#AdOpsQ&A: Understanding CPC and CPM Pricing for Publishers

#AdOpsQ&A: Understanding CPC and CPM Pricing for Publishers

Ad pricing models often confuse new publishers and are the subject of many inquiries we receive here at MonetizeMore. Because they are so important, we’d like to address the significance and differences between each in this blog post.

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Question: What’s the difference between CPC and CPM?

person clicking on computerAnswer: CPC stands for Cost Per Click and CPM for Cost Per Thousand Impressions.

In this pricing model, publishers are only paid based on the number of ad clicks regardless of the number of impressions it took to receive those clicks. The number of clicks has always been an indicator of ad effectiveness since the inception of Internet advertising.

The CPM pricing model, on the other hand, stands for Cost per Mille (Cost per thousand impressions). Publishers are paid according to how many times the ad was shown.

This is commonly used by advertisers who wish to raise product awareness among consumers, but not necessarily to encourage them to purchase their product.

Advertisers looking to drive traffic to their websites prefer to pay for the click.  They gain true value from the ad only when a visitor clicks through an ad and lands on their site. Paying only for those clicks, for most advertisers, (rather than impressions) is the most cost-effective solution.

For advertisers looking to increase brand awareness, but are not concerned about driving traffic to their site, aiming for impressions is the better strategy. Since the goal is to expose the ad to as many eyeballs as possible, paying per impression is more cost-effective.

Google Adwords allows for both CPC and CPM advertising for publishers.  Advertisers will pay the publishers for every click on the ad, whether that ad is display or text.  CPM is generally used for display advertising. With a CPM model, advertisers can set the CPM ads value to tell Google how much they are willing to pay for a thousand impressions.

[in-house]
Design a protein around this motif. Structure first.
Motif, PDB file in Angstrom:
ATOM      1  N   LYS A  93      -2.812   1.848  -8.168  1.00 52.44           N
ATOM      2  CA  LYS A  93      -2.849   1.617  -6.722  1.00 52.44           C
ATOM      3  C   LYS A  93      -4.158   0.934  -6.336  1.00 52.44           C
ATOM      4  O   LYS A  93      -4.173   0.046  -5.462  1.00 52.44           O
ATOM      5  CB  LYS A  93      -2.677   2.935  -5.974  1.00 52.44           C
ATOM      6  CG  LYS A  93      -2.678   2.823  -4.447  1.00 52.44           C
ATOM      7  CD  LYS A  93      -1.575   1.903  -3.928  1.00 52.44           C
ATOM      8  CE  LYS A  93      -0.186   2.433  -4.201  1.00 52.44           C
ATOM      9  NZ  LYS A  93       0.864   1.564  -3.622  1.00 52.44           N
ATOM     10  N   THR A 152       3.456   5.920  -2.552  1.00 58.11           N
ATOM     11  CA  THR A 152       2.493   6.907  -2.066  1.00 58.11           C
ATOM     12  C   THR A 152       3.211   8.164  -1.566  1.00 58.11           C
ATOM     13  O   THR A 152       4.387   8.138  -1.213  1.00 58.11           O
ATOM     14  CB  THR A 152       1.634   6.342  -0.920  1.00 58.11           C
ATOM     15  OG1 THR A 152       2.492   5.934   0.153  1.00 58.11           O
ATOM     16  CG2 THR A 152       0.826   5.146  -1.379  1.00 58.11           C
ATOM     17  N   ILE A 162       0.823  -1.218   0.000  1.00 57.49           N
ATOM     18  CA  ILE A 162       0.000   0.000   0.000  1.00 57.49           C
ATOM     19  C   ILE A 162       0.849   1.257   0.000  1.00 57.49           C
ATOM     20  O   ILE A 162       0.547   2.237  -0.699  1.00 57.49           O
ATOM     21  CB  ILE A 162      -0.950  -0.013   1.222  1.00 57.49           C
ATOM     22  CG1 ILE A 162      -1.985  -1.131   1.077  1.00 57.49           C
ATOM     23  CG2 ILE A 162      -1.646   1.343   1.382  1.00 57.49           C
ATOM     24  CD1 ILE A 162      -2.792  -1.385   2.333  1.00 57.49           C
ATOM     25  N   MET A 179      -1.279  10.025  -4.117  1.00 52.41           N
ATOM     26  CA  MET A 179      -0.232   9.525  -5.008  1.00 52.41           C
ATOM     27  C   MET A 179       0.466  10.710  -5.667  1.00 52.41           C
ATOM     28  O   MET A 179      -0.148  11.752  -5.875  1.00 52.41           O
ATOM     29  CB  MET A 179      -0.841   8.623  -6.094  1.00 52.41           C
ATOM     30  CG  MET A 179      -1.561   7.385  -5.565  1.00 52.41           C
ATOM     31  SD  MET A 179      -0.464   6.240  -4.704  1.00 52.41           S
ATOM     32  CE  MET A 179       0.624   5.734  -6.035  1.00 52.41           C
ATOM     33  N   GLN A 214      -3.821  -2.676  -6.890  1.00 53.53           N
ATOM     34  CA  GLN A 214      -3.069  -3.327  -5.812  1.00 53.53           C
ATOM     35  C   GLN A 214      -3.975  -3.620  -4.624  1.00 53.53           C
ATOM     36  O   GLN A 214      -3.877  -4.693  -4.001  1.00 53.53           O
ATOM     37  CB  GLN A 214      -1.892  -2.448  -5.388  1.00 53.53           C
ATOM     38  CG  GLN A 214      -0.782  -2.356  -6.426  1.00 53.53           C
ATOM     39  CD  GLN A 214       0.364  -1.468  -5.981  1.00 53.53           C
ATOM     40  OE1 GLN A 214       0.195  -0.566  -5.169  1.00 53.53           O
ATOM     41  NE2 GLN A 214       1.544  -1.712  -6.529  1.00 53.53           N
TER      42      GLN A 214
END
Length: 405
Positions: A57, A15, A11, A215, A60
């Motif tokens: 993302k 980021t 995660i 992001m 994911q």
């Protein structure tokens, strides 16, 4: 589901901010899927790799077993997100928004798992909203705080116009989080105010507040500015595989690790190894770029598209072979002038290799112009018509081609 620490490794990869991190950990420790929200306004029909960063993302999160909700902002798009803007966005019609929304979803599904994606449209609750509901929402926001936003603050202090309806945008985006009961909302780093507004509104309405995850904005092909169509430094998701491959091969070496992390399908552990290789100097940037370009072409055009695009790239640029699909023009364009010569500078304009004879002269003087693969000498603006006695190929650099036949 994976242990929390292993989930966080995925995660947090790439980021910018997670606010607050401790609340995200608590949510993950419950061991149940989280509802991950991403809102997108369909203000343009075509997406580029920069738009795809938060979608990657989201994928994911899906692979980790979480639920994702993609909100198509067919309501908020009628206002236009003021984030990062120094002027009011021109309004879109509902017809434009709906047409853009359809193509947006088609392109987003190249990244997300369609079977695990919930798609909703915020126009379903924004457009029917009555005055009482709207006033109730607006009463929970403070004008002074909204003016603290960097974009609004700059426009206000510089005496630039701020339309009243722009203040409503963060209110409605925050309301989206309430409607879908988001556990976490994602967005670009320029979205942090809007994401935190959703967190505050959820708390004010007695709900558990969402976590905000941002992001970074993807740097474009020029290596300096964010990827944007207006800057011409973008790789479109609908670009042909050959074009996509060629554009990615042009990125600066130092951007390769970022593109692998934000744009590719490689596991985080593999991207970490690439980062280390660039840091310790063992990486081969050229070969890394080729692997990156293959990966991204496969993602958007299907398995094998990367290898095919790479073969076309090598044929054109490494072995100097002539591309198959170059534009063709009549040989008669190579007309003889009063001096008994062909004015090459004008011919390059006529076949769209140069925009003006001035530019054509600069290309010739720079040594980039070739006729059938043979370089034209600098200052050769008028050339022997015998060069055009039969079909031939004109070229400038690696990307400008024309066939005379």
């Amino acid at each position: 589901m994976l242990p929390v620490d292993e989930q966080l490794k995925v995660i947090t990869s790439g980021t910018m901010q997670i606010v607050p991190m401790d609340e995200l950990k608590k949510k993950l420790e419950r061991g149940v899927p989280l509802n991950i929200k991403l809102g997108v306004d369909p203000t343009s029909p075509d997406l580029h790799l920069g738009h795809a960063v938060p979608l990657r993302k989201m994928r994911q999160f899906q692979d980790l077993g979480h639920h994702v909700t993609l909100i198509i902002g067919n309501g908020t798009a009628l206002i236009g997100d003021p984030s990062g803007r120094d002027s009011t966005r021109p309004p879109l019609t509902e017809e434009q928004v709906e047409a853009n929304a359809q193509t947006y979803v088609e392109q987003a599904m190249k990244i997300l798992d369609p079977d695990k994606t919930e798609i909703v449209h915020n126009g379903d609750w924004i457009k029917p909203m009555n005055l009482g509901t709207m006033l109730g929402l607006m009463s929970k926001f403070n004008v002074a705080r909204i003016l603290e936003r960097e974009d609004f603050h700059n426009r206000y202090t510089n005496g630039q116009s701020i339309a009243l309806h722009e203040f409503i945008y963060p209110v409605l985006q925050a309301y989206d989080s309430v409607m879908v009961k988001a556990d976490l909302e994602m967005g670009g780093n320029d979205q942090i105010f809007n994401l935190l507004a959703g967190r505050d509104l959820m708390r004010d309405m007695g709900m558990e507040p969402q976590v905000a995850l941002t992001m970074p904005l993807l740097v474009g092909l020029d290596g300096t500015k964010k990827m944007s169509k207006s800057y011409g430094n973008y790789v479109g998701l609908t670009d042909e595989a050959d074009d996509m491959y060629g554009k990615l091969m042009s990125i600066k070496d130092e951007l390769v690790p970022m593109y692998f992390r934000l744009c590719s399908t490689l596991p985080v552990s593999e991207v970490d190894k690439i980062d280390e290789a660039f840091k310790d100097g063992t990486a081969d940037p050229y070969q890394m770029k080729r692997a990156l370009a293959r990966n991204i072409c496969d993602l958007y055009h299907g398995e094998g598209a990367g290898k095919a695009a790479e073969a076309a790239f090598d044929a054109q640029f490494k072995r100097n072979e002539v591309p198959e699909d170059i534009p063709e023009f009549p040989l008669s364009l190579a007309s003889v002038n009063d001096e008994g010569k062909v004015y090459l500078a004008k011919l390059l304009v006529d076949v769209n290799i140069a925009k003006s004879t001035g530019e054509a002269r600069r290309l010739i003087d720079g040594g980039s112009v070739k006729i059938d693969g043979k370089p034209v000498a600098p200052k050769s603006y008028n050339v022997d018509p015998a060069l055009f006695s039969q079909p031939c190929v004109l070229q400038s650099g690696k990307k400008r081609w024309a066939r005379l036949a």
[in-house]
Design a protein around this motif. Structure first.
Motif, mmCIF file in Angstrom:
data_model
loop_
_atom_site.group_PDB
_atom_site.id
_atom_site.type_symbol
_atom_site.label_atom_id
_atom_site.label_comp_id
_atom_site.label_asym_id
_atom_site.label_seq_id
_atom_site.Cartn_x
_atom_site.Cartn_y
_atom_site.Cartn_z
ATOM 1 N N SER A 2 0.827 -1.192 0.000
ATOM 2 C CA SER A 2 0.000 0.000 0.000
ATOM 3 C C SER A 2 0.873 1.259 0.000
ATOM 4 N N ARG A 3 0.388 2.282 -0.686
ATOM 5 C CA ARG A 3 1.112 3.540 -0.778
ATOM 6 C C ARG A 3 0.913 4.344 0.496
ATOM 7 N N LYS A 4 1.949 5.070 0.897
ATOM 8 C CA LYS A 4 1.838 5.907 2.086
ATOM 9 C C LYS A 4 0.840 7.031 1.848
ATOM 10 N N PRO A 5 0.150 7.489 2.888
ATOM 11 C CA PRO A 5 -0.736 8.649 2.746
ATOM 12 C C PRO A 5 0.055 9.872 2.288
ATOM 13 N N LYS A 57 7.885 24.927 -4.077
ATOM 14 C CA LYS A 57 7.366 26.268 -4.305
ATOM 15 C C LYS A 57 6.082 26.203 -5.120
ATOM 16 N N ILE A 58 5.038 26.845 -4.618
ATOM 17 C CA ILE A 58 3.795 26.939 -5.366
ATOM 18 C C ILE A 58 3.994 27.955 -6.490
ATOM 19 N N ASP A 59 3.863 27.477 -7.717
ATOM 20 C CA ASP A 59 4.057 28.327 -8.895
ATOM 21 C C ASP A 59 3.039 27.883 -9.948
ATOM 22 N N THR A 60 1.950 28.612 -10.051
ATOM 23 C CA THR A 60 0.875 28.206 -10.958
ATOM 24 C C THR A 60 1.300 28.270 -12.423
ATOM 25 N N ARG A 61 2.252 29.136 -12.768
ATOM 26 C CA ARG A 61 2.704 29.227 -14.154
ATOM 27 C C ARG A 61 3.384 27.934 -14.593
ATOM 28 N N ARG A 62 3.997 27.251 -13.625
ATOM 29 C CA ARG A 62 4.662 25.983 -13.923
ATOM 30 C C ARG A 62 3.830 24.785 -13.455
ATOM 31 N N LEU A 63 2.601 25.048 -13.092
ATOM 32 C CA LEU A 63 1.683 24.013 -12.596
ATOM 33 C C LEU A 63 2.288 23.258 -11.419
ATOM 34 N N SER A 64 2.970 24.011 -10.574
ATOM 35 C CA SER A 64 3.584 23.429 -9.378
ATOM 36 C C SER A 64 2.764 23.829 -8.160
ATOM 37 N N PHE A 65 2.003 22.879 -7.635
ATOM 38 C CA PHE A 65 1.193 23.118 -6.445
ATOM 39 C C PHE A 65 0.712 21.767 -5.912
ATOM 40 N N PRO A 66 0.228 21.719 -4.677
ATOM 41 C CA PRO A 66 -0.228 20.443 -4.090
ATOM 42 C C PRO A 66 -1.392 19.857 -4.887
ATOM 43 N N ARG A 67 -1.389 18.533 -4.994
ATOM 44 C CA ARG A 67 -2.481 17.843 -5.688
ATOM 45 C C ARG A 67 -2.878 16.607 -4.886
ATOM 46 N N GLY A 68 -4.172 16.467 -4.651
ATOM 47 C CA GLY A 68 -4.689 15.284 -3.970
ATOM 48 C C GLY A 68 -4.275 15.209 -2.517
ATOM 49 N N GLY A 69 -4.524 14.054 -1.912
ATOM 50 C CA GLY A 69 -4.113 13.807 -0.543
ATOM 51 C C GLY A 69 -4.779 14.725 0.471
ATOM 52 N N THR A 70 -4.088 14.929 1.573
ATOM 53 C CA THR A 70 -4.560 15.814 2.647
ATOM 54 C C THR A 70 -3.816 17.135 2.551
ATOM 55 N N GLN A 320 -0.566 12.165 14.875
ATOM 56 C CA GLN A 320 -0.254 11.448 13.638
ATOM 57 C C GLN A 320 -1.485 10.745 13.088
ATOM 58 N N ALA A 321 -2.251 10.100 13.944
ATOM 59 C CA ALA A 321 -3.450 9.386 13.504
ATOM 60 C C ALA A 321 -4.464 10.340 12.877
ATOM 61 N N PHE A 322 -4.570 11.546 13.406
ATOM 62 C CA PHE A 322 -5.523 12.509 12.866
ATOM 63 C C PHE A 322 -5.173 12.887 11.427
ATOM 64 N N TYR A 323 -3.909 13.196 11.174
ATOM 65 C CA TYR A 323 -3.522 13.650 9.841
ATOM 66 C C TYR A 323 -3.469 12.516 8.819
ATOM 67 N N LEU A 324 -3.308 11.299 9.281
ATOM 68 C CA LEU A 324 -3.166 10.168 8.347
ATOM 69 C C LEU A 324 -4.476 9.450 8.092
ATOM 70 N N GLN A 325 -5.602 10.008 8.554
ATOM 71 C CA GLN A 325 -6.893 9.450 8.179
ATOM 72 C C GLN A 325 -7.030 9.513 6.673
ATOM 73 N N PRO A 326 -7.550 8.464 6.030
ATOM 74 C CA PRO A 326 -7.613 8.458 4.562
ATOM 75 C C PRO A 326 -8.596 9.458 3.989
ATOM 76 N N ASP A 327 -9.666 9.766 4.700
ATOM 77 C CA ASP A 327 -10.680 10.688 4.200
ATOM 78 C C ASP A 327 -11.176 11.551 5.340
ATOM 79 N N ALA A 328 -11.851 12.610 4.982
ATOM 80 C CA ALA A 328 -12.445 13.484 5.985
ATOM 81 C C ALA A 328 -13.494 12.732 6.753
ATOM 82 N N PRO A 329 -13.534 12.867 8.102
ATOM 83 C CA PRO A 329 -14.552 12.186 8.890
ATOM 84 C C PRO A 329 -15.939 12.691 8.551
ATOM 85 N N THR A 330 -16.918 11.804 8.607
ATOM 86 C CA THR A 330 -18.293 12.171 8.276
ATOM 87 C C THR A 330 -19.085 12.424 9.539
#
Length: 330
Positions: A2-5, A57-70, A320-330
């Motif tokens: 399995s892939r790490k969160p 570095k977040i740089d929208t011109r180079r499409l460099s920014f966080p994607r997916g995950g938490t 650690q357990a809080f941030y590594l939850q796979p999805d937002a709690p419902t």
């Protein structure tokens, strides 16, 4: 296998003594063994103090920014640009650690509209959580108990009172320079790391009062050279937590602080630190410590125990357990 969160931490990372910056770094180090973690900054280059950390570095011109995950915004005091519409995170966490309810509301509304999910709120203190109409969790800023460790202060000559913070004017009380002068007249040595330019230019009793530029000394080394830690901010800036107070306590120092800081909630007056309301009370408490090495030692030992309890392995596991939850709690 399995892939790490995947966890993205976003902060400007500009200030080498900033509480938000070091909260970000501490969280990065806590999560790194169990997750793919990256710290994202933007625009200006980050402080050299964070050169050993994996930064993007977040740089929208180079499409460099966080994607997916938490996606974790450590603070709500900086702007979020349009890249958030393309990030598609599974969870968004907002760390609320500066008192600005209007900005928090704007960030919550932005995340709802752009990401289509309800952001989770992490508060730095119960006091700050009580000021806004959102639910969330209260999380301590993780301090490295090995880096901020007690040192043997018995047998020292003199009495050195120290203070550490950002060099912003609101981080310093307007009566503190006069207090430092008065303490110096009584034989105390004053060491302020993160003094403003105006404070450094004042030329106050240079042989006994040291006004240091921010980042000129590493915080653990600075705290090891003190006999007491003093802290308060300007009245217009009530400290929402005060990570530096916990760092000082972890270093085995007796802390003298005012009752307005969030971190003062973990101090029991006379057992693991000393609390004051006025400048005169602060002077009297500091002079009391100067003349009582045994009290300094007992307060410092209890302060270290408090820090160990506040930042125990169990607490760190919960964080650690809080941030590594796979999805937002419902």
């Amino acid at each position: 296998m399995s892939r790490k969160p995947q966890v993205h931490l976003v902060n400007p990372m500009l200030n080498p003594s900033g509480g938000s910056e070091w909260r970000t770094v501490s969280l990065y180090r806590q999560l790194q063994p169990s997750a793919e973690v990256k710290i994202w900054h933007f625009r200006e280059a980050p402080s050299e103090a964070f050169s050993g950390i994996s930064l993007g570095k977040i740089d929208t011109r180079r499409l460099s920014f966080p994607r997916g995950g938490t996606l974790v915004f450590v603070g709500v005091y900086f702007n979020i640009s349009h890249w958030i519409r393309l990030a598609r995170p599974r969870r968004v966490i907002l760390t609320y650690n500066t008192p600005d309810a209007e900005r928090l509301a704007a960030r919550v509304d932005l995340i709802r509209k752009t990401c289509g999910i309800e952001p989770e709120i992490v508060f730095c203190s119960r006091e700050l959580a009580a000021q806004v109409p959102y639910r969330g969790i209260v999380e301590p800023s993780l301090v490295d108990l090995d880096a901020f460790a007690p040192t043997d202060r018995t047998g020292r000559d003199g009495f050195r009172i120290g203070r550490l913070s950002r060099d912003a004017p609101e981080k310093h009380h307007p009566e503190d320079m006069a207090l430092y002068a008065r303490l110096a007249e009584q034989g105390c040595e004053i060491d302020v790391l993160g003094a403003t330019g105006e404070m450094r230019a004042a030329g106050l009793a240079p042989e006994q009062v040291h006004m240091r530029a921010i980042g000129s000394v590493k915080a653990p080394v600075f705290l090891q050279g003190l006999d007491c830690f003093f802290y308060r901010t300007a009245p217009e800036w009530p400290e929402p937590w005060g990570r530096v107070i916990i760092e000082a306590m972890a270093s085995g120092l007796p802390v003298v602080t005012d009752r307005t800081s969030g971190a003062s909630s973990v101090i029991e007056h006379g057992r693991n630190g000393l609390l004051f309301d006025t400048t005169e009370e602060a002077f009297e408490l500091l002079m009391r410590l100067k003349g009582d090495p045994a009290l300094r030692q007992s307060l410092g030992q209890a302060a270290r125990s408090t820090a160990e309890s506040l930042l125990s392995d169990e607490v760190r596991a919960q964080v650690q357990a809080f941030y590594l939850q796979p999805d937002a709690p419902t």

Question: How are Publishers paid in Ad Exchange?

website with adsAnswer: Ad Exchange publishers are paid based on eCPM.

What does eCPM stand for? eCPM stands for “effective Cost per Mille” or “effective cost per thousand impressions”.

eCPM can also be found in AdSense reports and it is the value you get by calculating the ad revenue of a banner/campaign divided by the number of ad impressions that banner has acquired in units of 1000.

Here’s a closer look at the formula:

eCPM Formula: eCPM = Total AdSense Revenue/(Impressions/1000)

Note: It is also the CPM value you get when making CPC CPM convertions.

Formula: CPC * CTR * 1000

For publishers, eCPM is used as the universal standard of measurement in terms of revenue for the impressions sold. The higher the eCPM, the more money the publisher normally earns.

From the advertiser’s perspective, the total amount on an invoice represents their cost.

What’s next?

Having trouble understanding your ad revenue metrics like CPMs and CPCs? Partner up with Google Ad Manager experts to get expert analysis from our ad ops experts. Sign up to MonetizeMore today!


Additional FAQ

What is CPC and CPM?

CPC stands for Cost Per Click and CPM for Cost Per Thousand Impressions.

Is CPC or CPM better?

It depends on the campaign goals advertisers have. Some want to focus on driving clicks, generating sales, or getting users to perform specific tasks such as signing up for a newsletter. In such cases, they prefer the CPC model. When advertisers want to increase their brand awareness and get as many as possible to see their ad, they prefer CPM ads. Both CPC and CPM models are available to advertisers on most major advertising platforms.

How do you calculate CPM?

CPM = cost / impressions x 1000.

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Kean Graham

CEO and Founder at MonetizeMore

Kean is the resident expert in Ad Optimization covering areas like Adsense Optimization, DFP Management, and third-party ad network partnerships. Kean believes in the supremacy of direct publisher deals and holistic optimization as keys to effective and consistent ad revenue increases.

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